The closest campground to the Five Springs Wilderness Study Area is less an hour’s drive away. Ramhorn Springs is a small water body in the high desert and the campground is located right next to it. The campground is made of earth and gravel and boasts 10 RV campsites with no hook-up services. Amenities at the Ramhorn Springs campground includes picnic tables, trash cans, vault toilets, fire rings, and a horse corral. Potable water is not available so make sure you bring your own water.

Seasonal activities in Five Springs Wilderness Study Area



Hunting is one activity at the Five Springs Wilderness Study Area that receives regular visitors. The WSA is crowded during the fall season as hunters come from all parts to test their skills when it comes to hunting chukar and quail. Additionally, deer and antelope hunting are also pursued.

On the lower southern slopes of this vast WSA, near Smoke Creek Road, rabbit hunting is also popular. It is estimated that nearly 5,700 visitors per year make it to the WSA for its rewarding hunting grounds.

Hiking and Horseback Riding

While there aren’t any developed trails, hiking and horseback riding is enjoyed by the visitors in any part of the WSA they see fit. Some of the most popular hikes are to Rush Creek Mountain − the highest point of the wilderness, and to Five Springs Mountain − the most prominent. Cherry Mountain is also hiked by many visitors both on foot and via horseback.

Wildlife Viewing

Wildlife is abundant in the Five Springs Wilderness Study Area, with its habitat the same as that of the Great Basin. Special Wildlife Viewing opportunities include the deer winter range along the lower slopes of the Wilderness Study Area as well as fawning and kidding areas in the central parts of Five Springs WSA.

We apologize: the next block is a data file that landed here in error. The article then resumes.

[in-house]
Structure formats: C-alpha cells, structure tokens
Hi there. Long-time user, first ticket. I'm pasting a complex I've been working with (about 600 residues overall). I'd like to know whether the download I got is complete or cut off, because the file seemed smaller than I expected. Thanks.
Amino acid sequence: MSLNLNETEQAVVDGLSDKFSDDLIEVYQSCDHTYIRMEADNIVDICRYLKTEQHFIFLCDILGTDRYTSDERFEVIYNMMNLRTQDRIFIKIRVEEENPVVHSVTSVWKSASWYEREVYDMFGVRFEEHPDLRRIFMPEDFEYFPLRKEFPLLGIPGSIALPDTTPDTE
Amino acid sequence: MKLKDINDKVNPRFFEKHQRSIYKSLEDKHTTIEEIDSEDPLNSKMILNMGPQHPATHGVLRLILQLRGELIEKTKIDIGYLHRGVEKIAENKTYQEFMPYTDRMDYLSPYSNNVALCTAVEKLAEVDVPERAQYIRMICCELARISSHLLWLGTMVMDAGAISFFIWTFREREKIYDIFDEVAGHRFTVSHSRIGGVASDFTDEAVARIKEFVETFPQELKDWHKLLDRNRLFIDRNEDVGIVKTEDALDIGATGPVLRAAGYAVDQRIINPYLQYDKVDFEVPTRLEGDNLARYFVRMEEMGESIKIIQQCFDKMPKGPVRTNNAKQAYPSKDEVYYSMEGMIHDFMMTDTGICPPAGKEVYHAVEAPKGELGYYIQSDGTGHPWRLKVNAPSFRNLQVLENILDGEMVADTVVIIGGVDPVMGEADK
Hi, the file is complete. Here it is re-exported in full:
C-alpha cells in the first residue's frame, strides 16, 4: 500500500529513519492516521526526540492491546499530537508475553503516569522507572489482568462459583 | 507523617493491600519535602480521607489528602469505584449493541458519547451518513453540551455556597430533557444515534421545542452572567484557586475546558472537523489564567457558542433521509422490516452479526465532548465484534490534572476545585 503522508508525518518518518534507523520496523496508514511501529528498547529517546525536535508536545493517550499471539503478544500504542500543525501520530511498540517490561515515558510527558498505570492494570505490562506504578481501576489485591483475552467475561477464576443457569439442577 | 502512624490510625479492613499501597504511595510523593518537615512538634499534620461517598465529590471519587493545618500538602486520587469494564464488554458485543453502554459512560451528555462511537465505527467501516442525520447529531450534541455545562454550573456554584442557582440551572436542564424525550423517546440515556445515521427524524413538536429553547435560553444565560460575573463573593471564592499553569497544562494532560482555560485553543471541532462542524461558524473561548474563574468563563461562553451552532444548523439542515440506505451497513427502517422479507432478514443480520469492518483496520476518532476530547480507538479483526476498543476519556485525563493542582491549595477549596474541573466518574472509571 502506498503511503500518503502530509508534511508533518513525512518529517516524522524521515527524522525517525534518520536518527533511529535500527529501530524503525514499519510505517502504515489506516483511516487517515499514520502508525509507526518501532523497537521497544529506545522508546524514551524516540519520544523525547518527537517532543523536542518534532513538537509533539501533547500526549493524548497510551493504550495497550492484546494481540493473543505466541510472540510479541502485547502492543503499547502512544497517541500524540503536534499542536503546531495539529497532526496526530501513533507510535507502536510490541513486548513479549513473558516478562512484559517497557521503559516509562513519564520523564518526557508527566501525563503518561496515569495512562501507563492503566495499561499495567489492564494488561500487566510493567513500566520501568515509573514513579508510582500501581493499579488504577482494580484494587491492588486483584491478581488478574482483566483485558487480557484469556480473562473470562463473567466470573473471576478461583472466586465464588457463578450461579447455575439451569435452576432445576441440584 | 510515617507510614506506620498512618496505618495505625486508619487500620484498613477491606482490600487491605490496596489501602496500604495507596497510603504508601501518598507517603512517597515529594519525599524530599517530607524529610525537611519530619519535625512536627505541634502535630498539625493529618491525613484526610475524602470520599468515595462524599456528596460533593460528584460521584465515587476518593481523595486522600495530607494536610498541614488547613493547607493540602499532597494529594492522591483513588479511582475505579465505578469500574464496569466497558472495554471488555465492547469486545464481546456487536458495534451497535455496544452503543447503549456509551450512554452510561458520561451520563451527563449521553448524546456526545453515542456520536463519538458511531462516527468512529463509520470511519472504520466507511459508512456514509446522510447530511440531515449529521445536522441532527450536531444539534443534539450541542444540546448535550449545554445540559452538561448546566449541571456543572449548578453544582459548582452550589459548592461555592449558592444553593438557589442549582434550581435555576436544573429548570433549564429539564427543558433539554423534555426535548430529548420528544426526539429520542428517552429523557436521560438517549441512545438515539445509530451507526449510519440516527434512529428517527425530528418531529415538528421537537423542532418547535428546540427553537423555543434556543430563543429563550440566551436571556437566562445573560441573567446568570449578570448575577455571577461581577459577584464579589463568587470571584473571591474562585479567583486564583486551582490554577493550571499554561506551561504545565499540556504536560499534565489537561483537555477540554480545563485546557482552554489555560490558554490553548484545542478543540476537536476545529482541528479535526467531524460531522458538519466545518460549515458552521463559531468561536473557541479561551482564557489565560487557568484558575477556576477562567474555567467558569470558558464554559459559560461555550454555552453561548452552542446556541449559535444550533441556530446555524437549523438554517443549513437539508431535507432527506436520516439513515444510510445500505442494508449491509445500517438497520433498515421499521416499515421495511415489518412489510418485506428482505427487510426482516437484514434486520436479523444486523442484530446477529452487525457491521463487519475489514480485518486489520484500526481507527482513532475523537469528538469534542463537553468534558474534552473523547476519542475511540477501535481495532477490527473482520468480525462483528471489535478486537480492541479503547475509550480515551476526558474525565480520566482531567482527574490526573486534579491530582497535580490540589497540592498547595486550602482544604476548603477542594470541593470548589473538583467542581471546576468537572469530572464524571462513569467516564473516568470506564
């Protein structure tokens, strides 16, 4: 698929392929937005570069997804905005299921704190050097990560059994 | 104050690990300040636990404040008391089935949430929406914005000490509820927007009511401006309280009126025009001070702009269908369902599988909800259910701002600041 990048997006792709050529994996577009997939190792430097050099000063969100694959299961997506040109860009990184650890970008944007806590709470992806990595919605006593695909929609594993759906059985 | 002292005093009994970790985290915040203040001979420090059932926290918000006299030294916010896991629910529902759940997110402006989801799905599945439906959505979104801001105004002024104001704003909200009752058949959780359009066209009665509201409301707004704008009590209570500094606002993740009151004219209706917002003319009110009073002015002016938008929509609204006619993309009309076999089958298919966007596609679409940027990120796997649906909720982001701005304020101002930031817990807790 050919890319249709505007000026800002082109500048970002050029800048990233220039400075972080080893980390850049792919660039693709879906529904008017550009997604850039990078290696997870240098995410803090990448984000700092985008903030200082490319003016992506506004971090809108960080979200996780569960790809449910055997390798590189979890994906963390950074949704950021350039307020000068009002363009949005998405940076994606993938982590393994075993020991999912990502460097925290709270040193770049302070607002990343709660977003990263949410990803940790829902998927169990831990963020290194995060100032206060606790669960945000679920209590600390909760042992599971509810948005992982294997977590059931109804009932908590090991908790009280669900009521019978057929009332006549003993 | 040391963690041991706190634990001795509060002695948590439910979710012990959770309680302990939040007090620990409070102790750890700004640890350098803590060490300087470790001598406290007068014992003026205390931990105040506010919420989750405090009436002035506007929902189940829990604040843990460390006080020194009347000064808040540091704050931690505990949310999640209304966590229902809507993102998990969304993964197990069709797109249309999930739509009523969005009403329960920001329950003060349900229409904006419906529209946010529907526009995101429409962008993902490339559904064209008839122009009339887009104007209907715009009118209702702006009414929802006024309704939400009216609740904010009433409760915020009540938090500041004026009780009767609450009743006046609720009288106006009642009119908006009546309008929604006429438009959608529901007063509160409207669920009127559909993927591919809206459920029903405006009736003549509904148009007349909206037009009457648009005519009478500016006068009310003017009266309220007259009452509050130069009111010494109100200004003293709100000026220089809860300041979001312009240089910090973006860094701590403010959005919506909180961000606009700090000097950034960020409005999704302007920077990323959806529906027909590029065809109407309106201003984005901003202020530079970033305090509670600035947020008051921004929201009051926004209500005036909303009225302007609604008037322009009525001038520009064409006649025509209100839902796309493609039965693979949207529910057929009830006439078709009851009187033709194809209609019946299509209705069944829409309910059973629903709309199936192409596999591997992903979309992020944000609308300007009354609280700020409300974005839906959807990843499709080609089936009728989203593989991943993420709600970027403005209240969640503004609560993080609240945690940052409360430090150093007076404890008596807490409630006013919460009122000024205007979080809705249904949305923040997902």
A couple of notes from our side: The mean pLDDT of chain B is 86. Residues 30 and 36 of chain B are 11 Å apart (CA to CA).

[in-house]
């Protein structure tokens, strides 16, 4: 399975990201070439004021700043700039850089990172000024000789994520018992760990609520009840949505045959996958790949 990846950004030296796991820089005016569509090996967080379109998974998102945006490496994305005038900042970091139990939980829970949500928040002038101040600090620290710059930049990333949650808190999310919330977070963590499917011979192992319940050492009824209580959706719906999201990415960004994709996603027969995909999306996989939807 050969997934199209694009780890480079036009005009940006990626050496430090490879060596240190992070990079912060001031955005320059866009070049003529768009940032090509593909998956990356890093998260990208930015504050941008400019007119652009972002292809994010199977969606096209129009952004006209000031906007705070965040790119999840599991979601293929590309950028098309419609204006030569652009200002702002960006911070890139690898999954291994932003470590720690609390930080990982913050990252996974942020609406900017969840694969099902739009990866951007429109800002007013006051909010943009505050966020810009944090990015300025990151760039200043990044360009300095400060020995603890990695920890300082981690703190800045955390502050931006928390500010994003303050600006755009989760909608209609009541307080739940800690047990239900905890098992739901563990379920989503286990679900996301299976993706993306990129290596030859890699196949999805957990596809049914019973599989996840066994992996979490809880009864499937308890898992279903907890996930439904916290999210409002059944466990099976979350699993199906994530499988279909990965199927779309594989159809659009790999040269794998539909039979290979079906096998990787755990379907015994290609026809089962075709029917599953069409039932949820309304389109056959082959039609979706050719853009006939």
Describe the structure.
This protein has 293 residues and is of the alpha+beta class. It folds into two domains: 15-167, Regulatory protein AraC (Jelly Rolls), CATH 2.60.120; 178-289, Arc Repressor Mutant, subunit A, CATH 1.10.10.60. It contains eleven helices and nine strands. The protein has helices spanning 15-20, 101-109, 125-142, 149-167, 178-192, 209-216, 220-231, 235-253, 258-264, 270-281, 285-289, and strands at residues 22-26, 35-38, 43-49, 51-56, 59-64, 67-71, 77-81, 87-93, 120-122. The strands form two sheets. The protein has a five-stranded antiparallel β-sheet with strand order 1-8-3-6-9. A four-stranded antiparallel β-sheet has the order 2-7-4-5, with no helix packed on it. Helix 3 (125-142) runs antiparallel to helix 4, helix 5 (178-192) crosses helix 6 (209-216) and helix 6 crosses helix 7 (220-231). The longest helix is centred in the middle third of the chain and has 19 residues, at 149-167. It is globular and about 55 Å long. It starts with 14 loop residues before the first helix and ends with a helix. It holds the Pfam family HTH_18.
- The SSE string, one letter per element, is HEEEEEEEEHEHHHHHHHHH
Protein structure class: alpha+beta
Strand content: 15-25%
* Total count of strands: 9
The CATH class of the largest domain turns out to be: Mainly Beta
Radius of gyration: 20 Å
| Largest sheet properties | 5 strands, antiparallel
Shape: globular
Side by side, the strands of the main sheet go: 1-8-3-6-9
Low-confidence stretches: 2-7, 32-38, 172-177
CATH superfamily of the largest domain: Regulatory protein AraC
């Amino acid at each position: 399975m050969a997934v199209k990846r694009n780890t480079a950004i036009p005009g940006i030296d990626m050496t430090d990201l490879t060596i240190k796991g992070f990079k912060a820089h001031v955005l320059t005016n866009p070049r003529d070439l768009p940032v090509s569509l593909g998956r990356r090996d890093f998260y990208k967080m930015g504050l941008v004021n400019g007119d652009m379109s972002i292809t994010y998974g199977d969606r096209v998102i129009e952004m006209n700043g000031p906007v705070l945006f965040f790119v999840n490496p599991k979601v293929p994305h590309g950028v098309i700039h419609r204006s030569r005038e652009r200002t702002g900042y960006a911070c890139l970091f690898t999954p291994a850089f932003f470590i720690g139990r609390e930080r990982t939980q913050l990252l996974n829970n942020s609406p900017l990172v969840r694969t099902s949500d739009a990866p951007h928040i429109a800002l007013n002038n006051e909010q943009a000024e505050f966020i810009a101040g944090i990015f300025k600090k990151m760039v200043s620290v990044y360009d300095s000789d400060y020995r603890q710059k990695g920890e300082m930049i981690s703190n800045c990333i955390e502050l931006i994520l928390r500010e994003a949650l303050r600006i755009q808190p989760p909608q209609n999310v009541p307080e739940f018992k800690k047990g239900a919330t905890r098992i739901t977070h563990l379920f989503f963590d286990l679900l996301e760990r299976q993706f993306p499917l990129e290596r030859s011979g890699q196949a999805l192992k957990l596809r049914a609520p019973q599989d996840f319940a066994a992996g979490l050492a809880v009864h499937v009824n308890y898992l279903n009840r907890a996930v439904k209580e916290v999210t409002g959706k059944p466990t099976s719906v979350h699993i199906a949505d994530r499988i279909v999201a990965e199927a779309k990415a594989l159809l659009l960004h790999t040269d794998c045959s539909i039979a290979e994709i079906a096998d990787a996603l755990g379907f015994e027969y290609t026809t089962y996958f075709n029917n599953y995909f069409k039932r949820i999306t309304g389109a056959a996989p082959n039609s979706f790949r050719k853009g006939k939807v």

Chukar, quail, prairie falcon, and golden eagles also soar high above the vegetation and peaks. Wild horses and elk can sometimes be spotted grazing around the wilderness study area.



The volcanic rugged landscape, with ridges and mountain highpoints and its many creeks, offers mesmerizing views. The amazing landscape is one that professional photographers would go to great heights to capture.

It appears even greater by the fact that it has little human imprints, and nature runs rampant in the area. Sagebrush, grasses, and shrubs of the associated area add a sprinkle of charm and as a result, make this WSA the perfect place for nature photography.

Archeological Sites

While their exact location is unknown and is for the visitors to discover, fourteen National-Register-Quality sites have been found at the Five Springs Wilderness Study Area. They are most likely to be located on the southwest flank of the Wilderness Study Area and might also be located in conjunction with the nearby sites.

Some of these archeological sites include milling stations, petroglyph panels, and village sites. Interestingly, the Wilderness Study Area is considered to have the potential of having more archeological sites within its boundaries.


Off-road vehicles are permitted at the Wilderness Study Area, and while it can be used for recreational purposes, most visitors use it for hunting. Hunters access the routes in their four-wheel drives and make cross country travels to reach the more popular hunting locations. Sometimes, visitors also use the primitive motorcycle trail for both recreational and hunting purposes.